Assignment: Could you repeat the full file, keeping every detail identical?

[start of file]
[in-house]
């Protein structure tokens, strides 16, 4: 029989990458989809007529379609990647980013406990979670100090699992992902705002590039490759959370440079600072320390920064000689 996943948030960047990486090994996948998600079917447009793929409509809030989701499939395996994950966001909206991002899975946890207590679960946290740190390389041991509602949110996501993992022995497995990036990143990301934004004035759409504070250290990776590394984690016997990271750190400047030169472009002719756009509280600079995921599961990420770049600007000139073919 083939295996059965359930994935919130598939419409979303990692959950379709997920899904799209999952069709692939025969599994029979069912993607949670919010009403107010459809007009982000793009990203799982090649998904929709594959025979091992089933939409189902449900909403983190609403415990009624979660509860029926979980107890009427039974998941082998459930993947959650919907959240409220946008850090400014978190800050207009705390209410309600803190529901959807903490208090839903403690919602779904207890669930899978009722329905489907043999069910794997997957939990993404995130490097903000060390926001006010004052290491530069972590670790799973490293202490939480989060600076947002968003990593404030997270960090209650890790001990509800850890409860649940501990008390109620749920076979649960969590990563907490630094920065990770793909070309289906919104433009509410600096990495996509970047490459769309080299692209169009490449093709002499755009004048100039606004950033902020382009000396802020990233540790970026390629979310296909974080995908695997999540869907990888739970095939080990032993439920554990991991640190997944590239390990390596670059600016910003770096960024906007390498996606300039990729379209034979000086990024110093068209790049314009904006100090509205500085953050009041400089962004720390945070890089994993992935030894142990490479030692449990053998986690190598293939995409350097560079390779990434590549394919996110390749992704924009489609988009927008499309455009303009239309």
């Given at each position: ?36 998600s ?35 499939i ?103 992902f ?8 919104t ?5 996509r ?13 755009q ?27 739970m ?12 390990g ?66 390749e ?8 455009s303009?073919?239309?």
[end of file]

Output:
[in-house]
């Protein structure tokens, strides 16, 4: 029989990458989809007529379609990647980013406990979670100090699992992902705002590039490759959370440079600072320390920064000689 996943948030960047990486090994996948998600079917447009793929409509809030989701499939395996994950966001909206991002899975946890207590679960946290740190390389041991509602949110996501993992022995497995990036990143990301934004004035759409504070250290990776590394984690016997990271750190400047030169472009002719756009509280600079995921599961990420770049600007000139073919 083939295996059965359930994935919130598939419409979303990692959950379709997920899904799209999952069709692939025969599994029979069912993607949670919010009403107010459809007009982000793009990203799982090649998904929709594959025979091992089933939409189902449900909403983190609403415990009624979660509860029926979980107890009427039974998941082998459930993947959650919907959240409220946008850090400014978190800050207009705390209410309600803190529901959807903490208090839903403690919602779904207890669930899978009722329905489907043999069910794997997957939990993404995130490097903000060390926001006010004052290491530069972590670790799973490293202490939480989060600076947002968003990593404030997270960090209650890790001990509800850890409860649940501990008390109620749920076979649960969590990563907490630094920065990770793909070309289906919104433009509410600096990495996509970047490459769309080299692209169009490449093709002499755009004048100039606004950033902020382009000396802020990233540790970026390629979310296909974080995908695997999540869907990888739970095939080990032993439920554990991991640190997944590239390990390596670059600016910003770096960024906007390498996606300039990729379209034979000086990024110093068209790049314009904006100090509205500085953050009041400089962004720390945070890089994993992935030894142990490479030692449990053998986690190598293939995409350097560079390779990434590549394919996110390749992704924009489609988009927008499309455009303009239309």
């Given at each position: ?36 998600s ?35 499939i ?103 992902f ?8 919104t ?5 996509r ?13 755009q ?27 739970m ?12 390990g ?66 390749e ?8 455009s303009?073919?239309?």